I am convinced there is no smarter, handier or more adaptable body of troops (U.S. Marines) in the world…Always spick and span, ready at an instant’s notice for duty, the nation owes them a great debt. Winston Churchill – 1917
On November 10, 1775 a Committee of the Continental Congress met at Tun Tavern in Philadelphia and resolved that 2 battalions of Marines be raised for amphibious warfare. In the 237 years since* the Marines have been defending our shores and projecting U.S. power abroad in every corner of the world.
It was just before dawn in Northeastern Afghanistan on Sept. 8, 2009. A team of U.S. Army and Marine trainers were accompanying a battalion of Afghan soldiers into Ganjgal. The mountains erupted in a hail of gunfire and rocket-propelled grenades. Skilled and equipped Taliban fighters had formed a U-shaped ambush around both the U.S. and Afghan troops.
Meyer, a corporal at the time, was toward the rear in a Humvee equipped with a Mark-19 grenade launcher. Staff Sgt. Juan Rodriguez-Chavez was driving. They radioed a request for air support. When the air support didn’t come, they requested permission to join the fight. The request was denied — diving into an ambush seemed like suicide.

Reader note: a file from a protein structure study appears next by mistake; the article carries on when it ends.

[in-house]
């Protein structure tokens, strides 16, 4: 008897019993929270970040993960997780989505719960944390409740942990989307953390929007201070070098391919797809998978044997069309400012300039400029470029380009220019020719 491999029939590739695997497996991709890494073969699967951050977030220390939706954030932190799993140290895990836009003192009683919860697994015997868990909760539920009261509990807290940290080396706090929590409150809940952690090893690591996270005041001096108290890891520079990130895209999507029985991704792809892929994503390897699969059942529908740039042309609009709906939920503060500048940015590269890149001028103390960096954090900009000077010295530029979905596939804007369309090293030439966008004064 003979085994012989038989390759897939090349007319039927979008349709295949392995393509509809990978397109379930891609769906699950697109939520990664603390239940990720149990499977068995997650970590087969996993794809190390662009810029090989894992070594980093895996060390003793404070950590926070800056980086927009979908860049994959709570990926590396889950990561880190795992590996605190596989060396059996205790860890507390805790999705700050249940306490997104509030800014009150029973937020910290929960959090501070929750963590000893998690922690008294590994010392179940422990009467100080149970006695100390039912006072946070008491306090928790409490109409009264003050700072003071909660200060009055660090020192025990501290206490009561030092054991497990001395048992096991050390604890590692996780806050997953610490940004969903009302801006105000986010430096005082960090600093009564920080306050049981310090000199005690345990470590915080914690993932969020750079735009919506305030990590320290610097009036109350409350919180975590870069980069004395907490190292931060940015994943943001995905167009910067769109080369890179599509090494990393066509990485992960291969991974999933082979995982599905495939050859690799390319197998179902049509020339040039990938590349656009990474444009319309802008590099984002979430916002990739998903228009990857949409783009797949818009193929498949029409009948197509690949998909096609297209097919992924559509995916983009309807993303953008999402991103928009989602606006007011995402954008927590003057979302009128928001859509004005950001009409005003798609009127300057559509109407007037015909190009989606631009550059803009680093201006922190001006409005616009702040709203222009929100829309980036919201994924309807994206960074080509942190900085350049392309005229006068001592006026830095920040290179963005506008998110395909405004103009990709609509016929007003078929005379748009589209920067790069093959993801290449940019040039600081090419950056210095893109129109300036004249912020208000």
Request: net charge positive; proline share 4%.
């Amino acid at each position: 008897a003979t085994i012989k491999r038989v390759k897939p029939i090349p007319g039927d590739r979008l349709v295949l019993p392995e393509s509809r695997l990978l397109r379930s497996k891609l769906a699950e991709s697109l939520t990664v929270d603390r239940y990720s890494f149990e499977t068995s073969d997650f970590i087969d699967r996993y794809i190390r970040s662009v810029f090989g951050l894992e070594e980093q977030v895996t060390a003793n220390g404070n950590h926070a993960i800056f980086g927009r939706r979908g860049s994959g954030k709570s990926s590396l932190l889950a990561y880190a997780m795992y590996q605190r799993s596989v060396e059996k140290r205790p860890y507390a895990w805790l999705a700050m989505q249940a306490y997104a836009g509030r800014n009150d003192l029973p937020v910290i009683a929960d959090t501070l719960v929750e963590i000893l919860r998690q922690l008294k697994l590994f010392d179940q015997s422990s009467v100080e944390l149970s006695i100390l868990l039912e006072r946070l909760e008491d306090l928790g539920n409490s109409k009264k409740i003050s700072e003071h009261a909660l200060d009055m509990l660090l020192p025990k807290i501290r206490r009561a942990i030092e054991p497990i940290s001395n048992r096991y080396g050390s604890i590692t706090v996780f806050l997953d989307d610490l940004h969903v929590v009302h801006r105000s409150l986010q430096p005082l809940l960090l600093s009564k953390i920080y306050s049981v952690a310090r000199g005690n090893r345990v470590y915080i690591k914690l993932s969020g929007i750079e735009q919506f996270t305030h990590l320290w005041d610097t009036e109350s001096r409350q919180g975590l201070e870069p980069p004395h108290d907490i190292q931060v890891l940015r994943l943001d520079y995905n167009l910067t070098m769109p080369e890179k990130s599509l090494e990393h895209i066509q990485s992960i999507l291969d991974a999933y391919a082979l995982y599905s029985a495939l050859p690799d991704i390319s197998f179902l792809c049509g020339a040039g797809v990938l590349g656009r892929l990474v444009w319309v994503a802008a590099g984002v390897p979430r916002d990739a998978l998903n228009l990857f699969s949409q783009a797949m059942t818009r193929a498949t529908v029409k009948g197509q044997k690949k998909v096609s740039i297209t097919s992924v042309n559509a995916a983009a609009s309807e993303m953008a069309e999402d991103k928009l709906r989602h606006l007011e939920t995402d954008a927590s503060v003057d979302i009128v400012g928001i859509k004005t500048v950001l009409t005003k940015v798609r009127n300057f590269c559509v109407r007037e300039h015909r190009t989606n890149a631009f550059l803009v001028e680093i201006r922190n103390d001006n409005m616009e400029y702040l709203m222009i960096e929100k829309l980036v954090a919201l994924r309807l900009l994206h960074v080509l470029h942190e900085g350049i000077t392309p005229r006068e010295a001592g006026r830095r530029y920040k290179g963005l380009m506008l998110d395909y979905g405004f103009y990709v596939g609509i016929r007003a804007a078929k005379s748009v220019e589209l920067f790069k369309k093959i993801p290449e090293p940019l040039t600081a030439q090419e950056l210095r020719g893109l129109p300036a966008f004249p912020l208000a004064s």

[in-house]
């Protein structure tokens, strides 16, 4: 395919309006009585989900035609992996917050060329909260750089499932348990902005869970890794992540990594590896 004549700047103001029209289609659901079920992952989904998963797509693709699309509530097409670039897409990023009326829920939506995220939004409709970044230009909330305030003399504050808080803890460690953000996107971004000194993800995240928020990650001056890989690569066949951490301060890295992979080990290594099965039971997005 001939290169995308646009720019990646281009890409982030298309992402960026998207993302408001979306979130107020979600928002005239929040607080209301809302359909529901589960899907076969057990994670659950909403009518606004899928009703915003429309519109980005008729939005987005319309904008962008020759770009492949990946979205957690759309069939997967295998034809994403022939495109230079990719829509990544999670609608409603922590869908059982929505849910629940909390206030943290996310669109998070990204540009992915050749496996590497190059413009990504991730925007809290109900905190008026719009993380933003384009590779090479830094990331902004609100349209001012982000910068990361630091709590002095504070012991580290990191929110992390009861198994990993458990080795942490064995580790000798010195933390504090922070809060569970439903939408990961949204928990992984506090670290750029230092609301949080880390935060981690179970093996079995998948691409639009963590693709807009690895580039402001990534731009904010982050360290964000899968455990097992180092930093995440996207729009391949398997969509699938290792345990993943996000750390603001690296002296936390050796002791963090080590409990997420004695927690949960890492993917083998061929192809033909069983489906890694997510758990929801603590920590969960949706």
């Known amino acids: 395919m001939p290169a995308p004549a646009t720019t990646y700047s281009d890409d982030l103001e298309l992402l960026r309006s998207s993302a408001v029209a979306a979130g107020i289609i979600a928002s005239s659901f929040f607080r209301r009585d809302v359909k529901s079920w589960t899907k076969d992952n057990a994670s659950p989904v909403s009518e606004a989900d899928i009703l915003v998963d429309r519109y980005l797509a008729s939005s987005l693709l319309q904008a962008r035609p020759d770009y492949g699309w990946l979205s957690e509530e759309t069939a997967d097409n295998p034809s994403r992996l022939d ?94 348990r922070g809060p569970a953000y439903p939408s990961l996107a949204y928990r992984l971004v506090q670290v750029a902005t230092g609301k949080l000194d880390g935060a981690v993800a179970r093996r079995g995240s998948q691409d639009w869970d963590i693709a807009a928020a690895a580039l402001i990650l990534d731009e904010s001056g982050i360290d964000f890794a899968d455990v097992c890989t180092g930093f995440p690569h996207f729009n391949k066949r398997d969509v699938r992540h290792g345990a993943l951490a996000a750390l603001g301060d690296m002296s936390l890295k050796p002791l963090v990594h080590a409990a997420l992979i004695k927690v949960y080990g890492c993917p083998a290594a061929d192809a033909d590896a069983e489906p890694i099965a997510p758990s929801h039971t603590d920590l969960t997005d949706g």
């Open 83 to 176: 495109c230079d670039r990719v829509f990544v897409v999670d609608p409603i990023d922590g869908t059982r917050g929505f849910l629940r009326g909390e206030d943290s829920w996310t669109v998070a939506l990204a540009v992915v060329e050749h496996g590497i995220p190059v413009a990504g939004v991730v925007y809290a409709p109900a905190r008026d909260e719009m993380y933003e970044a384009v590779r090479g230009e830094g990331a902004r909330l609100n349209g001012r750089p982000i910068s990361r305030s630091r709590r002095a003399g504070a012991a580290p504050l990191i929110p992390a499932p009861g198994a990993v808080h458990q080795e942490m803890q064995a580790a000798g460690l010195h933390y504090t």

“We knew what we had to do. So we just decided we were going to go in there on our own,” Meyer said. “We were either going to go in there or we are going to die trying … that’s your brothers in there.”
They drove into the center of the ambush rescuing Afghan troops and providing cover so U.S. forces could escape. The record shows that dozens of people, U.S. and Afghan, now owe their lives to the actions of Meyer and Chavez.
They returned to the valley five times looking for members of Meyer’s team. Their truck was damaged so they swapped it for one with a more effective 50-caliber machine gun mounted on top.
When Meyer and Chavez finally found their comrades, they had all been killed.
To all of the Marines past and present I say thank you for your service and Semper Fi
* The Continental Marines were disbanded at the end of the Revolution in 1783 and reinstated in 1794.